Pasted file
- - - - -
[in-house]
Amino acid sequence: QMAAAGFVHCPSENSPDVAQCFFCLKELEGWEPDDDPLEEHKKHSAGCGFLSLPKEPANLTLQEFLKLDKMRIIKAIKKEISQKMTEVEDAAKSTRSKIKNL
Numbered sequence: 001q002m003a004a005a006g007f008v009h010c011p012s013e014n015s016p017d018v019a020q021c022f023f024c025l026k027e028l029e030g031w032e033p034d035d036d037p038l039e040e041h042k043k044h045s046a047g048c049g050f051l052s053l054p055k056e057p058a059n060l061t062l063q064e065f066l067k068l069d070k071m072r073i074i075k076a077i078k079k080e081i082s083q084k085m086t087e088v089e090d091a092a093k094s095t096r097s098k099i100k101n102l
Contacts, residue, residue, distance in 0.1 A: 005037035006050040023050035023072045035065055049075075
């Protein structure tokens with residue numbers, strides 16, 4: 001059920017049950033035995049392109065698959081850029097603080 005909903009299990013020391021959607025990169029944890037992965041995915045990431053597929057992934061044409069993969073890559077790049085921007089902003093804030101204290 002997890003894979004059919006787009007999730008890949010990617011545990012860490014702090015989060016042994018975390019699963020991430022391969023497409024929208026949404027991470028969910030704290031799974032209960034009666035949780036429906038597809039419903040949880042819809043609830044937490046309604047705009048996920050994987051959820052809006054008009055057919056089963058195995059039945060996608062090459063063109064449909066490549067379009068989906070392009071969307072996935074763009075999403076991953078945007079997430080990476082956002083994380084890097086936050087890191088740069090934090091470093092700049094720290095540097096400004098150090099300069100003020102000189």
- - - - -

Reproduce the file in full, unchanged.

[in-house]
Amino acid sequence: QMAAAGFVHCPSENSPDVAQCFFCLKELEGWEPDDDPLEEHKKHSAGCGFLSLPKEPANLTLQEFLKLDKMRIIKAIKKEISQKMTEVEDAAKSTRSKIKNL
Numbered sequence: 001q002m003a004a005a006g007f008v009h010c011p012s013e014n015s016p017d018v019a020q021c022f023f024c025l026k027e028l029e030g031w032e033p034d035d036d037p038l039e040e041h042k043k044h045s046a047g048c049g050f051l052s053l054p055k056e057p058a059n060l061t062l063q064e065f066l067k068l069d070k071m072r073i074i075k076a077i078k079k080e081i082s083q084k085m086t087e088v089e090d091a092a093k094s095t096r097s098k099i100k101n102l
Contacts, residue, residue, distance in 0.1 A: 005037035006050040023050035023072045035065055049075075
């Protein structure tokens with residue numbers, strides 16, 4: 001059920017049950033035995049392109065698959081850029097603080 005909903009299990013020391021959607025990169029944890037992965041995915045990431053597929057992934061044409069993969073890559077790049085921007089902003093804030101204290 002997890003894979004059919006787009007999730008890949010990617011545990012860490014702090015989060016042994018975390019699963020991430022391969023497409024929208026949404027991470028969910030704290031799974032209960034009666035949780036429906038597809039419903040949880042819809043609830044937490046309604047705009048996920050994987051959820052809006054008009055057919056089963058195995059039945060996608062090459063063109064449909066490549067379009068989906070392009071969307072996935074763009075999403076991953078945007079997430080990476082956002083994380084890097086936050087890191088740069090934090091470093092700049094720290095540097096400004098150090099300069100003020102000189």